Applications of CARS Microscopy
Coherent Raman microscopy (CRM) is a chemically-selective imaging modality that provides microscopic contrast without the need of labels. It is a rapidly developing technique that is constantly finding new and exciting applications. Here we show some examples of our work in the past a few years.
Studying Lipid Metabolism
Many experiments in cell biology are limited by the use of perturbative labels. Fluorophores, beads, or metal particles can have large effects on the behavior of a labeled molecule or organelle in a living organism. Lipid droplets have recently emerged as important intracellular organelles relevant for widespread human diseases such as diabetes, hepatosteatosis and atherosclerosis. The ability to visualize lipid droplets within cells and study their biogenesis and function, however, is hampered by the lack of specific staining dyes, as well as the aforementioned problems associated with labeling. CRM’s exquisite sensitivity to lipids makes it an ideal tool to study lipid cell biology.
We used RNA interference screening to study the regulatory genes affecting the lipid storage in C. elegans . Figure 1 shows the SRS image of wild-type and mutant C. elegans at 2845 cm-1. The contrast is mostly from lipids, revealing the lipid content in the intestine.
Imaging Drug Delivery
Coherent Raman microscopy can be used to study drug-cell and drug-drug interaction at subcellular resolution in living cells. In order to distinguish drug from cellular components, hyperspectral SRS data is required. We took hyperspectral SRS images of imatinib (trade name Gleevec) and nilotinib (trade name Tasigna) treated mouse leukemia cells and found that these drugs have a surprisingly large enrichment inside lysosomes. The enrichment is due to the lysosomotropic properties of these drugs: weakly basic drugs are protonated in lysosomes (thus are charged) and then trapped inside. However, this effect can be reversed by using a secondary drug chloroquine, which interacts with Gleevec through acid-base equilibrium in the lysosome and drives out Gleevec (thus increases its efficacy). For Tasigna, the same approach does not work at high Tasigna concentration because it precipitates inside lysosome before the pH of the lysosomes can be changed by chloroquine.
CRM microscopy provides an interesting new contrast mechanism for imaging tumors in tissue. In particular, by making use of differences in lipid density and protein density, the nuclei morphology can be derived, providing contrast analogous to H&E histopathology. Tumor margins can be seen with subcellular spatial resolution in fresh, unstained tissue.
Figure 3 shows the post-processed SRS images of both primary and metastatic tumors, highlighting the lipids (green) and nucleic contrast (blue). As can be seen, not only the tumor margin can be identified, but the margin of the primary tumor and metastatic tumor are also distinguishable. Comparison with histological data and Raman spectroscopy has established the chemical selectivity of the technique, and efforts to establish the use of CRM as a tool for virtual histology during brain tumor surgery are underway.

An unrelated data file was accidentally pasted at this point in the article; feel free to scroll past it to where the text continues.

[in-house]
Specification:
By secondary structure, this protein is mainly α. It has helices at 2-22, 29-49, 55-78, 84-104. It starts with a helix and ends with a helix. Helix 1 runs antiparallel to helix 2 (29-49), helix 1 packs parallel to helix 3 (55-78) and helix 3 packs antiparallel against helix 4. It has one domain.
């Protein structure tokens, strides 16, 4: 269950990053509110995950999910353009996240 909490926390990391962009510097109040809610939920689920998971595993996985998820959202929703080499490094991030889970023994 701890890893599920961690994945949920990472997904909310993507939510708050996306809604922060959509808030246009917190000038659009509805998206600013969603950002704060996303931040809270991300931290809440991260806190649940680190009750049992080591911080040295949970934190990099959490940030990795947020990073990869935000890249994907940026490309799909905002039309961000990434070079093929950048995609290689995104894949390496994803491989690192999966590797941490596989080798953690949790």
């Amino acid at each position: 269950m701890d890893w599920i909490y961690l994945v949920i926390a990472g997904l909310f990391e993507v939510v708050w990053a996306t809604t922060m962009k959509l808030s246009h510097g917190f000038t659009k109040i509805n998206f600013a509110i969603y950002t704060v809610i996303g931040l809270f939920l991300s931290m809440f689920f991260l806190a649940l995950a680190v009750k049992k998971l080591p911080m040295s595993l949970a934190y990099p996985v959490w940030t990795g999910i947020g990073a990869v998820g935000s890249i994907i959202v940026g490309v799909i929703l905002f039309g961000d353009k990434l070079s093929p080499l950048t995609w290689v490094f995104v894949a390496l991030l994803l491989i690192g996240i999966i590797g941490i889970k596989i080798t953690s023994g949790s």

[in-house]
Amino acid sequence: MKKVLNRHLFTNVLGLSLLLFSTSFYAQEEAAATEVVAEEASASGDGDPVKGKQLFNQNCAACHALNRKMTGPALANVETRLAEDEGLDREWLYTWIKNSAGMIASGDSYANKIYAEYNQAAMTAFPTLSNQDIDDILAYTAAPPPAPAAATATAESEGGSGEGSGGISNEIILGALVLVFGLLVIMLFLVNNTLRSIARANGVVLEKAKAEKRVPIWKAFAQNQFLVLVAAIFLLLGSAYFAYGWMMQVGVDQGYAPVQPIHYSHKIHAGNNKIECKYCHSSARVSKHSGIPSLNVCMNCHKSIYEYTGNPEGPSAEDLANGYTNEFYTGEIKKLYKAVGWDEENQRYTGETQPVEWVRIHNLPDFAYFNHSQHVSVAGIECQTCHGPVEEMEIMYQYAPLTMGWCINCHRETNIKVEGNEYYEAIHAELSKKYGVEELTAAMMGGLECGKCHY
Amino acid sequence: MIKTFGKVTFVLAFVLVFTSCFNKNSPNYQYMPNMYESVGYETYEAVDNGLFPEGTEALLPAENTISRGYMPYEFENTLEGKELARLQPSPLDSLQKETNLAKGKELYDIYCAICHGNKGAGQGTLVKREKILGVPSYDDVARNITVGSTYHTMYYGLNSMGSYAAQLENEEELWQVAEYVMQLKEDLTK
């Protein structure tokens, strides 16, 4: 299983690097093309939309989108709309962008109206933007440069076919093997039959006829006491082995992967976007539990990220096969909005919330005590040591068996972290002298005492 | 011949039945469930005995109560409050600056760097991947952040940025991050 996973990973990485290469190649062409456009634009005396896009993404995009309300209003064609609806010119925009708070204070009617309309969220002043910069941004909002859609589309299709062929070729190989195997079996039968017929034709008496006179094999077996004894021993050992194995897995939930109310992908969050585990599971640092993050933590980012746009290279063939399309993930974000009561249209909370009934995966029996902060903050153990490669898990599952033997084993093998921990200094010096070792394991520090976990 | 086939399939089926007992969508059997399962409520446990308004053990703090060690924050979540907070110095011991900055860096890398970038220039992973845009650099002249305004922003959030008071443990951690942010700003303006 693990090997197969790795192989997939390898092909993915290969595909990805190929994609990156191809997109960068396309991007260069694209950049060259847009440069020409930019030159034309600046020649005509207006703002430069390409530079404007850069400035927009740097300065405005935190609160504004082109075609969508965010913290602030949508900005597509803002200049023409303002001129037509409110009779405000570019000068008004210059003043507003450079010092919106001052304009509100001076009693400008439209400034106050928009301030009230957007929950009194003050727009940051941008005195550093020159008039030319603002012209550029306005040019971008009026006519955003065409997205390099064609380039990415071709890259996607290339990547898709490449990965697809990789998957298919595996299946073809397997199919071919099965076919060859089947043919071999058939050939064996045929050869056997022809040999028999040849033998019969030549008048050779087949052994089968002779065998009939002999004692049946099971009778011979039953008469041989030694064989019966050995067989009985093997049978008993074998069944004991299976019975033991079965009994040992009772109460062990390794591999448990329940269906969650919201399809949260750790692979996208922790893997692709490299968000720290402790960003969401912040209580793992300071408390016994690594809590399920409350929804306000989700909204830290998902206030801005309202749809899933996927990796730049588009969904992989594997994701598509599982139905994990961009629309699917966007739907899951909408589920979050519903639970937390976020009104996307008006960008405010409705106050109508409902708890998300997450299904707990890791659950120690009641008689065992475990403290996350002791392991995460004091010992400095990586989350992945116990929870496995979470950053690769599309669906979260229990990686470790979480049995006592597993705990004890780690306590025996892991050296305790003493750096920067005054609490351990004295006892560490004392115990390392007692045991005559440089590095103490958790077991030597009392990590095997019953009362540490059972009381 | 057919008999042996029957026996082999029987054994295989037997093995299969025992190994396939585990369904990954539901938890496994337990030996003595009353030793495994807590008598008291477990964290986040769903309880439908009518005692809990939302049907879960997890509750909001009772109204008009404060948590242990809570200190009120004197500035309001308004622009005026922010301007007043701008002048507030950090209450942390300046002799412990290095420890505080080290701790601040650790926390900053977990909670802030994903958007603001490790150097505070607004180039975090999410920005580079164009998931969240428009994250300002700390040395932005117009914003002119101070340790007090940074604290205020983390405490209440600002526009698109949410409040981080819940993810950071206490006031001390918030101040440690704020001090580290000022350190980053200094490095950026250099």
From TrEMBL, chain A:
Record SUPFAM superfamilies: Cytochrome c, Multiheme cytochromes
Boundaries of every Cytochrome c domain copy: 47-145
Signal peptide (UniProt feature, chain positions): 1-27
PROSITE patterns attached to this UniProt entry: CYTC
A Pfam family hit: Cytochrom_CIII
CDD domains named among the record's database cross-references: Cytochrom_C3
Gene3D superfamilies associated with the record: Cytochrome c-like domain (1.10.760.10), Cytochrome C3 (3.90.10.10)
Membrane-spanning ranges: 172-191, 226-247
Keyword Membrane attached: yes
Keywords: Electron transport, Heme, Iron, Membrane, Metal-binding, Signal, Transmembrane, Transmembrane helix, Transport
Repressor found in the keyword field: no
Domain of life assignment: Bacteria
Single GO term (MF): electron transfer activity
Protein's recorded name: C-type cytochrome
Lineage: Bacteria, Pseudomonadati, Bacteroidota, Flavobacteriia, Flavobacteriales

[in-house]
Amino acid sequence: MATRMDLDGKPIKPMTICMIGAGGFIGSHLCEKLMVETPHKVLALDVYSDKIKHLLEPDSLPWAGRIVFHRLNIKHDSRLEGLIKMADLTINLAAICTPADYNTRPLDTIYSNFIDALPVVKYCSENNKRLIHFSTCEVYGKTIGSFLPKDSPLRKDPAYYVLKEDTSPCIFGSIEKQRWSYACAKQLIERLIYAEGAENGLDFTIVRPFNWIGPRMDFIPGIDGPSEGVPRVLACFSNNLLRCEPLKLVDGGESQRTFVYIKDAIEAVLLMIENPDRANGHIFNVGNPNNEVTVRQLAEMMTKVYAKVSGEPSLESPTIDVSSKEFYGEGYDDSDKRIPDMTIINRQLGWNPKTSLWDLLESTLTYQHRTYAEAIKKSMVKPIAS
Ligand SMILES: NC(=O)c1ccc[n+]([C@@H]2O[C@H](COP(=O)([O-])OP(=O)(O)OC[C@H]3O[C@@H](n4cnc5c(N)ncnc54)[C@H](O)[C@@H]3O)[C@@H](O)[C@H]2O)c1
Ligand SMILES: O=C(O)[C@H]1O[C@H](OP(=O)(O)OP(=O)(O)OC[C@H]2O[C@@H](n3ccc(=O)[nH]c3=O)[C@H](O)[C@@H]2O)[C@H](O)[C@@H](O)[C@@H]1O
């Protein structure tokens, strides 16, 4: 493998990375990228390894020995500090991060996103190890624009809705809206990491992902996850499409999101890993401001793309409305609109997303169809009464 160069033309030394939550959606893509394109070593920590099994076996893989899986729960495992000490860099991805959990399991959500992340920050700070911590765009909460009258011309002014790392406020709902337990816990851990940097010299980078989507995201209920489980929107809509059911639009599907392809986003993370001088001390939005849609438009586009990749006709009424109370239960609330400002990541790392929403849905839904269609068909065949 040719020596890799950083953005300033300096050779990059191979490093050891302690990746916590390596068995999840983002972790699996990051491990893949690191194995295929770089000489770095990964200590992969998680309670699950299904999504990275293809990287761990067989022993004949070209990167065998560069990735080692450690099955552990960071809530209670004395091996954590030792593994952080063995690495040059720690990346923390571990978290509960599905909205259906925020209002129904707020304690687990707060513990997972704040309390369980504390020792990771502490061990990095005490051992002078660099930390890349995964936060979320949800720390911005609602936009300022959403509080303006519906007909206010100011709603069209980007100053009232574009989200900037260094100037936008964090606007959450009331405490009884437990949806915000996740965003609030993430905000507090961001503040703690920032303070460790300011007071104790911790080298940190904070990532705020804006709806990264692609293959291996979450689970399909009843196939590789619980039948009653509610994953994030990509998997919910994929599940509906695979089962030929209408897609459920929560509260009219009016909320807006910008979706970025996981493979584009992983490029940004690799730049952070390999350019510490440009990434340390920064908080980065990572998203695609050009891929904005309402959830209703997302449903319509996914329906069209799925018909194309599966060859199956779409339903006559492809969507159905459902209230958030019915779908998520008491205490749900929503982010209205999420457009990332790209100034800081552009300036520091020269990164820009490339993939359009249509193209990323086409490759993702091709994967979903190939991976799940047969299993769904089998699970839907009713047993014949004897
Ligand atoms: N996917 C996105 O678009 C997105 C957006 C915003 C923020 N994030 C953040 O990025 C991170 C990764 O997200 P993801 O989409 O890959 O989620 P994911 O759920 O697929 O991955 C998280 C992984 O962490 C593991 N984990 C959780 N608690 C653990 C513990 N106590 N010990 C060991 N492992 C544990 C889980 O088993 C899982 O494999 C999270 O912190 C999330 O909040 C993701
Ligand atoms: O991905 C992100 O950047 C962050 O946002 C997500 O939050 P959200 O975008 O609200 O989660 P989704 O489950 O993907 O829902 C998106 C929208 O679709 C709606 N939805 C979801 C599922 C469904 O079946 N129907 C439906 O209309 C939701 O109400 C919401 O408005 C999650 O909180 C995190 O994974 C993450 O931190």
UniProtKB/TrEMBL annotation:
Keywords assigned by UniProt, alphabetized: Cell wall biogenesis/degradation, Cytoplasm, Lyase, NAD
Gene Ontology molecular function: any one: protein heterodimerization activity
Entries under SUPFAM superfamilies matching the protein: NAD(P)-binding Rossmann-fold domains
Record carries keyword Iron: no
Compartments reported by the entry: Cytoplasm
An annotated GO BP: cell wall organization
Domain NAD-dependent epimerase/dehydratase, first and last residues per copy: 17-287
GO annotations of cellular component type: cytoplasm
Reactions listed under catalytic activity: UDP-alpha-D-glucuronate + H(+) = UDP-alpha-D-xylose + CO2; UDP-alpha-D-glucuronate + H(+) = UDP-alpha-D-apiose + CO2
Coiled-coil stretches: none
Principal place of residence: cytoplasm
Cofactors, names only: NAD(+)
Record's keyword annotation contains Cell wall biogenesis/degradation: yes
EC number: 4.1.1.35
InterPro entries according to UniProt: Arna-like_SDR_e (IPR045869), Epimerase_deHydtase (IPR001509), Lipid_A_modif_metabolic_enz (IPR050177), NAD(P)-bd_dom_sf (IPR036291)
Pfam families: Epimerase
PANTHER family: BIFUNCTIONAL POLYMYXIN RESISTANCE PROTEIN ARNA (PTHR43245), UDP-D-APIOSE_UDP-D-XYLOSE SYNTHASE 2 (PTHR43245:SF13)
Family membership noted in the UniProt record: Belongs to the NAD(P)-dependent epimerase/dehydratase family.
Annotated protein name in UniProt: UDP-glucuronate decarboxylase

It is also possible to obtain whole mouse brain imaging by stitching many SRS images together. Figure 4 shows the image of a mouse brain section about 2 mm in thickness. Anatomy of the brain can be clearly delineated with the two color image.
Applications outside Biomedicine
As a chemically sensitive technique, CARS microscopy has many applications outside biomedicine. One example is studying degradation of cellulose and lignin for biofuel production. Research of biofuels has experienced dramatic growth in recent years. The major challenge to be overcome in the widespread adoption of many biofuels is that biomass is intrinsically recalcitrant, partly caused by one of the two main chemical species in biomass, lignin. The SRS microscopy method can offer new information on the biomass conversion processes. Figure 5 shows the real-time monitoring of the hydrolysis kinetics of cellulose and lignins under chlorite treatment.
 Wang, Meng C.; Min, Wei; Freudiger, Christian W.; Ruvkun, Gary; Xie, X. Sunney “RNAi screening for fat regulatory genes with SRS microscopy” Nat Methods 8, 135-138 (2011).
 Fu, Dan; Zhou, Jing; Zhu, Wenjing Suzanne; Manley, Paul W.; Wang, Y. Karen; Hood, Tami; Wylie, Andrew; Xie, X. Sunney. “Imaging the Intracellular Distribution of Tyrosine Kinase Inhibitors in Living Cells with Quantitative Hyperspectral Stimulated Raman Scattering, Nat Chem 6, 614-622 (2014)
 Saar, Brian G.; Zeng, Yining; Freudiger, Christian W.; Liu, Yu-San; Himmel, Michael E.; Xie, X. Sunney; Ding, Shi-You “Label-Free, Real-Time Monitoring of Biomass Processing with Stimulated Raman Scattering Microscopy” Angew. Chem. Int. Ed. 49, 5476-5479 (2010).